(Lk 1:34). Had she intended to know man, she would not have been amazed. Her amazement is a sign of the vow.” -Sermon 225:2

“How is it that you do not belong to the Virgin’s birth, if you are members of Christ? Mary gave birth to our Head; the Church gave birth to you. Indeed, the Church also is both virgin and mother, mother because of her womb of charity, virgin because of the integrity of her faith and piety.” -Sermon 192:2

“[T]he custom [of not rebaptizing converts] . . . may be supposed to have had its origin in apostolic tradition, just as there are many things which are observed by the whole Church, and therefore are fairly held to have been enjoined by the apostles, which yet are not mentioned in their writings” (On Baptism, Against the Donatists 5:23[31] [A.D. 400]).

“But the admonition that he [Cyprian] gives us, ‘that we should go back to the fountain, that is, to apostolic tradition, and thence turn the channel of truth to our times,’ is most excellent, and should be followed without hesitation” (On Baptism, Against the Donatists, 5:26[37]).

“But in regard to those observances which we carefully attend and which the whole world keeps, and which derive not from Scripture but from Tradition, we are given to understand that they are recommended and ordained to be kept, either by the apostles themselves or by plenary [ecumenical] councils, the authority of which is quite vital in the Church” (Letter to Januarius [A.D. 400])

“Well, now, I should like to be told what there is in these Ten Commandments, except the observance of the Sabbath, which ought not to be kept by a Christian” (The Spirit and the Letter 24 [A.D. 412])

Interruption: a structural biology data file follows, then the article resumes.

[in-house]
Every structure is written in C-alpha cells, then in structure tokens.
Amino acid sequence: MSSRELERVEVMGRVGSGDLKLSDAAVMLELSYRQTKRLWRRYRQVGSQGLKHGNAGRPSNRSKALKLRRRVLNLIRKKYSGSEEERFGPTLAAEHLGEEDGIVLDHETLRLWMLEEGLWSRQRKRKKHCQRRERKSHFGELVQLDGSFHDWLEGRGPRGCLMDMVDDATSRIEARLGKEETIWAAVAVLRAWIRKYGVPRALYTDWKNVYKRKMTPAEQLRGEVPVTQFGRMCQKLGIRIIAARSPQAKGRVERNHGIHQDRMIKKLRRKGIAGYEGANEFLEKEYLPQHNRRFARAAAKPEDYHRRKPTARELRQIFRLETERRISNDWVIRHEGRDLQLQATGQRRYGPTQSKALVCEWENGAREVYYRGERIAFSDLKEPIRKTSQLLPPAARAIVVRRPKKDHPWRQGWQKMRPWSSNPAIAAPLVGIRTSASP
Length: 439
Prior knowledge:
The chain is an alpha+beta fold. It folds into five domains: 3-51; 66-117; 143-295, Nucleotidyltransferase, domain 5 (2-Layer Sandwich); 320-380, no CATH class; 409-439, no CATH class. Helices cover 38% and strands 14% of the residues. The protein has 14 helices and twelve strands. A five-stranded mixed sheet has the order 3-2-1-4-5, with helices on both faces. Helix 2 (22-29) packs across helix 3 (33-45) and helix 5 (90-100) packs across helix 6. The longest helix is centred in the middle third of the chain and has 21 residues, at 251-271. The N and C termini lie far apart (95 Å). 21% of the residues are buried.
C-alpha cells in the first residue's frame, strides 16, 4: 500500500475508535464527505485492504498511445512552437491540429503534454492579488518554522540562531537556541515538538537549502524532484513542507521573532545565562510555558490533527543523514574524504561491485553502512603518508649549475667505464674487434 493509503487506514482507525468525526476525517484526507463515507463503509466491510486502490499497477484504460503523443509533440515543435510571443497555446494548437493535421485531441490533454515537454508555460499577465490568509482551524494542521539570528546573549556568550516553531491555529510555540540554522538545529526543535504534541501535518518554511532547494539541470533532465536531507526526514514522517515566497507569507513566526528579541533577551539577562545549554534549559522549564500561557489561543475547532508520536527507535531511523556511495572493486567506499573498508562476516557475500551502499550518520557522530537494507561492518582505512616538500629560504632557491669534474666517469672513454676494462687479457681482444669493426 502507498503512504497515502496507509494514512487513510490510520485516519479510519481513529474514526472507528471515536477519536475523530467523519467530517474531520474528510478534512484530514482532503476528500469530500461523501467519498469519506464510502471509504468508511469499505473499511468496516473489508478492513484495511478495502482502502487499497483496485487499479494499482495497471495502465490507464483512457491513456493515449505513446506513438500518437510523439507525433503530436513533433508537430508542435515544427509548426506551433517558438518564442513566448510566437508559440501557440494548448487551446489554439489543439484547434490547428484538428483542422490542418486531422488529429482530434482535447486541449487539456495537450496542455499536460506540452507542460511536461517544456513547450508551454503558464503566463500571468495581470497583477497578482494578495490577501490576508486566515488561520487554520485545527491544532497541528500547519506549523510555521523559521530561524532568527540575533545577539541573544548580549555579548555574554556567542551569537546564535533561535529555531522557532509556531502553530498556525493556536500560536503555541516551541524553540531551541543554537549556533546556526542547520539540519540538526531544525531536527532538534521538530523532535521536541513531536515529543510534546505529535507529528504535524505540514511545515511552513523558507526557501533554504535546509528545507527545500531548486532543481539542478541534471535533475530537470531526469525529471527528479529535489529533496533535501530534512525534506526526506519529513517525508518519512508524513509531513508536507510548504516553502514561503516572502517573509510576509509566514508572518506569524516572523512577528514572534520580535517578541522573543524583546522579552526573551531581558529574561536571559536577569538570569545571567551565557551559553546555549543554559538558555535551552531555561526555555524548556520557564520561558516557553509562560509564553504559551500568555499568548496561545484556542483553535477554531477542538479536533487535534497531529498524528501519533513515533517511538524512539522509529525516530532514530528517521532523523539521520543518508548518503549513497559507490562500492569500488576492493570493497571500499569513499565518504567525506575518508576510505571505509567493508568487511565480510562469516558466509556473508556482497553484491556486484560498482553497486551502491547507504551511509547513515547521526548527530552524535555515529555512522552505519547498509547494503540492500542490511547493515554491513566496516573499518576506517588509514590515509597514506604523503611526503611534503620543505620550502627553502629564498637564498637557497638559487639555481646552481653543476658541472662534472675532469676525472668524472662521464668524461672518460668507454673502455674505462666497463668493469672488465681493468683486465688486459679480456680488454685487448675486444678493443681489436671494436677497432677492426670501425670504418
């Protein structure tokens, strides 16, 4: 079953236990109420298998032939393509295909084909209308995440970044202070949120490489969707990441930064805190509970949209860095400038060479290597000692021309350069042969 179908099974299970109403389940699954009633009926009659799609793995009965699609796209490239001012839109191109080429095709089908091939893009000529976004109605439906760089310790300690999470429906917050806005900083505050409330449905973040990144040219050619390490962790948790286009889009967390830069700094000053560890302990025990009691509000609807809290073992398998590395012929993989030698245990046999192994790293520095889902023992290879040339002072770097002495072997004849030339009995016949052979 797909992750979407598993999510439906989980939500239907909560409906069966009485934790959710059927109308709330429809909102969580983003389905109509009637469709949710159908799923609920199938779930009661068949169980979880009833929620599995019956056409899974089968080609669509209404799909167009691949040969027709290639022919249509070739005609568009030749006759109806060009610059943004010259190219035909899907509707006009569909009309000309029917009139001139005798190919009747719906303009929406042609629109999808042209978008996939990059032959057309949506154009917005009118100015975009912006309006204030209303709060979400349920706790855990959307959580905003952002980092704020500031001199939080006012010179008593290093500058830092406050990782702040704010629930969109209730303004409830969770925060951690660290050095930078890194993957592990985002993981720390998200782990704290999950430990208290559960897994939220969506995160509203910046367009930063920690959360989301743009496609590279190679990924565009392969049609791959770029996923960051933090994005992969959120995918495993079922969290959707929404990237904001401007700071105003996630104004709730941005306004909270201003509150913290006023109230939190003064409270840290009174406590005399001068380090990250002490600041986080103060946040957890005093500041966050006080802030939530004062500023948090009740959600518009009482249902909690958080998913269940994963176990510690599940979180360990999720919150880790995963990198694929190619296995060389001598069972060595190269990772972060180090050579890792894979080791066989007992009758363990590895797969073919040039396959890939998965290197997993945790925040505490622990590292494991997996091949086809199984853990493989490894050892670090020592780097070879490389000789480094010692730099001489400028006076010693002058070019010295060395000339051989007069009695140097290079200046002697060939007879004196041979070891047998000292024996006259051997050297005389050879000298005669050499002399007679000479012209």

” ‘He was handed over for our offenses, and he rose again for our justification.’ What does this mean, ‘for our justification’? So that he might justify us, so that he might make us just. You will be a work of God, not only because you are a man, but also because you are just. For it is better that you be just than that you are a man. If God made you a man, and you made yourself just, something you were doing would be better than what God did. But God made you without any cooperation on your part. You did not lend your consent so that God could make you. How could you have consented, when you did not exist? But he who made you without your consent does not justify you without your consent. He made you without your knowledge, but he does not justify you without your willing it” (Sermons 169:13 [inter A.D. 391-430])

” ‘But we know that God does not hear sinners; but if any man is a worshiper of God and does his will, that man God will hear.’ He still speaks as one only anointed. For God does listen to sinners too. If God did not listen to sinners, it would have been all in vain for the publican to cast down his eyes to the ground and strike his breast saying: ‘Lord, be merciful to me, a sinner.’ And that confession merited justification, just as the blind man merited enlightenment” (Homilies on the Gospel of John 44:13 [A.D. 416])

“Now human gender is either male or female. And if, in becoming a man, he had not been born of a woman, exactly as it had to happen, women would have lost the hope of being saved, recalling their first sin, when the first man was ensnared by the woman, and they would have believed themselves to be absolutely without hope in Christ. Christ, then, came into the world as a man, choosing the male sex on purpose, but, being born of a woman, he came to console the feminine sex, as if, addressing himself to them, he had said: “So that you may know that none of God’s creatures is wicked, but rather have been perverted by a guilty pleasure, when, in the beginning, he made man, he made them male and female: I do not condemn the creatures I myself have fashioned. Behold, I am born a man; I am born of a woman. Thus I do not condemn the creatures I have made but their sins, which I did not make.” Both the sexes should recognize their own dignity, and both should confess their sins and hope to be saved. Through woman, poison was poured upon man, in order to deceive him, but salvation was poured out upon man from a woman, that he might be reborn in grace. The woman, having become Mother of Christ, will repair the sin she committed in deceiving the man.” -Sermon 51:3